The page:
New York Diary: The Metropolitan Museum of Art.
There are as many lists of what to do in New York as there are different types of people who visit. The possibilities are endless: eating, drinking, shopping, sightseeing, museum-hopping. Surprisingly, this is a great city for walking as there are so many interesting buildings both old and new to look at whichever way you turn. You don’t really get lost either as the grid system is simple to navigate.
Last year we decided to skip the Metropolitan Museum of Art because it would compete with the other smaller niche museums we wanted to see. This year we are concentrating only on the Met and some gardens.
We think it would take several return visits to the main museum just to see most of its collections, so on our first full day here we head to the membership desk and sign up for an annual membership. If you live outside a 200-mile radius of New York the membership costs $80 and this allows the member plus guest to enter all three of the Met’s museums for a year. A real bargain considering that a single entry costs $25 per person, although this lasts three days in order to allow enough time to visit all three sites.
One tip to skip the impossibly long queues outside the museum’s main entrance is to head for a small side entrance on the corner of 5th Avenue and 81st Street. Here, you can sign up for membership, buy a day ticket or present your membership card for entry.
To say that the Met is grand is an understatement. It is simply magnificent. I know Londoners are very proud of the British Museum, the National Gallery and the Victoria and Albert Museum. It seems to me that the Met has put the contents of these three museums, plus a chunk of the National Portrait Gallery, the Royal Armouries and a couple of National Trust mansions, into one huge site (Met Fifth Avenue). It then has leftovers for a modern block (Met Breuer) and also medieval treasures on some land faraway north in Fort Tryon Park (Met Cloisters).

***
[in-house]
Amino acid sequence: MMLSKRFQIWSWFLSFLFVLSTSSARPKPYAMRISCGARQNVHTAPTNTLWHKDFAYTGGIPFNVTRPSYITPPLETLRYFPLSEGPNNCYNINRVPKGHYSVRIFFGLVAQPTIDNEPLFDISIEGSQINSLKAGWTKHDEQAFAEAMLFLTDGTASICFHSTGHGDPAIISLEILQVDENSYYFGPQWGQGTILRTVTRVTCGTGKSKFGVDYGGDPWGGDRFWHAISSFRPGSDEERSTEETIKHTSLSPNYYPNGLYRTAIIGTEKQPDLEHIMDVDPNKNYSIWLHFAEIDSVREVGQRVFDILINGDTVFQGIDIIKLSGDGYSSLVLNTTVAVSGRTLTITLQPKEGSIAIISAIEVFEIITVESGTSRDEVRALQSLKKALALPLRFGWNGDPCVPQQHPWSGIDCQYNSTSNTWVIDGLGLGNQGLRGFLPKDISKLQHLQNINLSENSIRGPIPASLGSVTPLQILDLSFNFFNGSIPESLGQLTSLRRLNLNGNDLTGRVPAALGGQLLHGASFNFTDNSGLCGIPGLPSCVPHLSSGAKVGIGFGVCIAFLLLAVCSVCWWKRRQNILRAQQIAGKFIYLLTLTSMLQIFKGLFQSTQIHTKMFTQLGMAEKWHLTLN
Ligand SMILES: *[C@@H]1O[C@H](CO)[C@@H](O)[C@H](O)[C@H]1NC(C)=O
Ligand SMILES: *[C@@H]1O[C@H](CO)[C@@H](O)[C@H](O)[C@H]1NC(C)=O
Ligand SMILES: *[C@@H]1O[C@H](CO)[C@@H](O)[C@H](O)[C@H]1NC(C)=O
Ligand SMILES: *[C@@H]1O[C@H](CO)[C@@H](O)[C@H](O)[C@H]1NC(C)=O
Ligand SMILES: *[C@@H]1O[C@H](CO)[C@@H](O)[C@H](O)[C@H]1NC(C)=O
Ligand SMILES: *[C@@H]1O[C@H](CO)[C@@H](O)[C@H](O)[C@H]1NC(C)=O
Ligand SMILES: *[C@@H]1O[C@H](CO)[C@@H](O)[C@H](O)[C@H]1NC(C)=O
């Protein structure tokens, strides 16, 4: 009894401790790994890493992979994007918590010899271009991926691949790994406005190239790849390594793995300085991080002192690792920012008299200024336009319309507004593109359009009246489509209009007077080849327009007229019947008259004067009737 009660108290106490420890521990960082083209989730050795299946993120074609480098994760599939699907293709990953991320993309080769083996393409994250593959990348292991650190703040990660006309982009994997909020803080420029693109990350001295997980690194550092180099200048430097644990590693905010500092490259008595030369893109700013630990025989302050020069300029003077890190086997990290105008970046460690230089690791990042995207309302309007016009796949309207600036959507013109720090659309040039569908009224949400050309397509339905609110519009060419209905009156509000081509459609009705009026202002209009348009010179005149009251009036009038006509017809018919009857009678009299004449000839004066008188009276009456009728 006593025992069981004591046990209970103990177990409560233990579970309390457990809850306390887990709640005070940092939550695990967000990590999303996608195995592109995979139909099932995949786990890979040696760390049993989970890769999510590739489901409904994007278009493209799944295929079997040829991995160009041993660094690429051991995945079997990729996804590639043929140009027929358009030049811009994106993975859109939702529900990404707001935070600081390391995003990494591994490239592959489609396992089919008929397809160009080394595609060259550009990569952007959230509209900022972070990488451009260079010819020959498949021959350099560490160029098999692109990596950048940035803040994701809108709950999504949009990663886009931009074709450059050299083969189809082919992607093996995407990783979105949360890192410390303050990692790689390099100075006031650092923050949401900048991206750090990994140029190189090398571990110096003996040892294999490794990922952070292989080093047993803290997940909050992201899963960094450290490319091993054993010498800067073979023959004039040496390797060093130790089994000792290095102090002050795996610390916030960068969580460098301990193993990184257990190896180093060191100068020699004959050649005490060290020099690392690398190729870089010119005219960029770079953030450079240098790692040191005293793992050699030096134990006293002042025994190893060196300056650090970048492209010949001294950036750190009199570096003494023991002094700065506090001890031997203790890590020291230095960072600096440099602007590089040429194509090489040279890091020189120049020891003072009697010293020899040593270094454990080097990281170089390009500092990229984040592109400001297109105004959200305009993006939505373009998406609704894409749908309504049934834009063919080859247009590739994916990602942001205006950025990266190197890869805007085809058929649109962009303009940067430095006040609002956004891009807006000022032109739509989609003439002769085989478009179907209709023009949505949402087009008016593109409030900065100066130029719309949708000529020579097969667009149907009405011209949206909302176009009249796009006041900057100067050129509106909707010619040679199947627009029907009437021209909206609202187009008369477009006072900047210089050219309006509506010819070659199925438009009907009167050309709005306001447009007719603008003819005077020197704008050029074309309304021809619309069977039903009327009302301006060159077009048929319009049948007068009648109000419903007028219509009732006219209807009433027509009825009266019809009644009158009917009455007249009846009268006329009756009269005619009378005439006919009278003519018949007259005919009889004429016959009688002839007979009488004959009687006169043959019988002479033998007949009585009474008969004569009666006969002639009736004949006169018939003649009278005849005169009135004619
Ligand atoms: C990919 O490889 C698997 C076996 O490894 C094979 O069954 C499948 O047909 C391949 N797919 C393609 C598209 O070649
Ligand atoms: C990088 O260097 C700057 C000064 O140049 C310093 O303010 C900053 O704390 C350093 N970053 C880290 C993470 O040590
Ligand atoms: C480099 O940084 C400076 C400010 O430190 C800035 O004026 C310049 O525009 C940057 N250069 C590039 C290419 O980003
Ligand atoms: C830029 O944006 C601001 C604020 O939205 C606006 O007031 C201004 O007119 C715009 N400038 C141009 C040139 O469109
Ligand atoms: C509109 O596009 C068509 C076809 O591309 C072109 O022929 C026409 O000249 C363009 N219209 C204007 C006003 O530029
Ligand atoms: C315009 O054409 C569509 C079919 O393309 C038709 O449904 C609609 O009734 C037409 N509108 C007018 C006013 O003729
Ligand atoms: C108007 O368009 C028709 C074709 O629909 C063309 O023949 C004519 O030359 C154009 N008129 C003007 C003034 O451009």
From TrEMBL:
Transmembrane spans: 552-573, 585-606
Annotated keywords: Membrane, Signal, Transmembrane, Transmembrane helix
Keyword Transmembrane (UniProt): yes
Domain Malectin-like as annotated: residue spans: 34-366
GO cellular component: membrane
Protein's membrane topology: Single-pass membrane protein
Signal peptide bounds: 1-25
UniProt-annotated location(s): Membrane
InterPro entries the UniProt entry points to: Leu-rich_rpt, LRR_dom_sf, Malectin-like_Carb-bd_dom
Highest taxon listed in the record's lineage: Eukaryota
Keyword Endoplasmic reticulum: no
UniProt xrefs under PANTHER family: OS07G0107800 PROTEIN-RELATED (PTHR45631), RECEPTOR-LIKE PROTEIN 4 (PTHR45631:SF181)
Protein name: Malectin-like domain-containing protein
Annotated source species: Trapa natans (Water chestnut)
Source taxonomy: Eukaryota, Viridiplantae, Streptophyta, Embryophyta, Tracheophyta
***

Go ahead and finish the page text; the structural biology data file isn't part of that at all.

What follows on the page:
We start with Met Fifth Avenue, followed by Met Breuer and Met Cloisters on subsequent days. The idea is to return to the main site several times over the next week. On the first day we manage Greek and Roman Art, Medieval Art and European Sculpture and Decorative Arts. I have an orange hilighter and mark these areas on the museum map. I see that there are are around a dozen other collections (each collection spanning several rooms) we still need to see.
I enjoyed the domestic galleries very much, that is to say the collections of decorative arts. One reason people may find museums dull is because it is ostensibly not shopping or watching tv. However all the skills you need for picking a good e.g teapot and a good show can be applied to the items you see in a museum: is this item useful and beautiful, would I want this in my house, would it bring me pleasure each time I look at it? The things you see might be old but the principles are timeless. In your own domestic setting, if something is not practical or beautiful then don’t have it in your house. The items in a museum are a guide to what people’s tastes were like in the past and should help us think about what its contemporary equivalent could look like.
The Met Breuer showcases the Met’s modern and contemporary art collection. The current exhibition Like Life – Sculpture, Color, and the Body concerns itself with one question: just how perfectly should figurative sculpture resemble the human body?
A few minutes into the exhibition Mr Gochugaru came over and said: come and meet your old friend. I get very worried when he says things like that as I don’t like surprises. It turn out that it was his old friend and not mine as he was a student at University College London. The figure of Jeremy Bentham was the subject of many strange stories and you can read about it here.
A review of the exhibition by the New Yorker is here.
I will return to the main museum after writing up the notes for Met Cloisters. We have been doing a lot of outdoor walking in New York. Besides one afternoon of heavy, heavy rain, it has been sunny throughout our stay. On that rainy day we had to be near Wall Street and simply could not find anywhere indoors like a shopping mall to shelter in. How wonderful it would have been to be near Met Fifth Avenue as that would have given us ample opportunity to wander around without getting wet.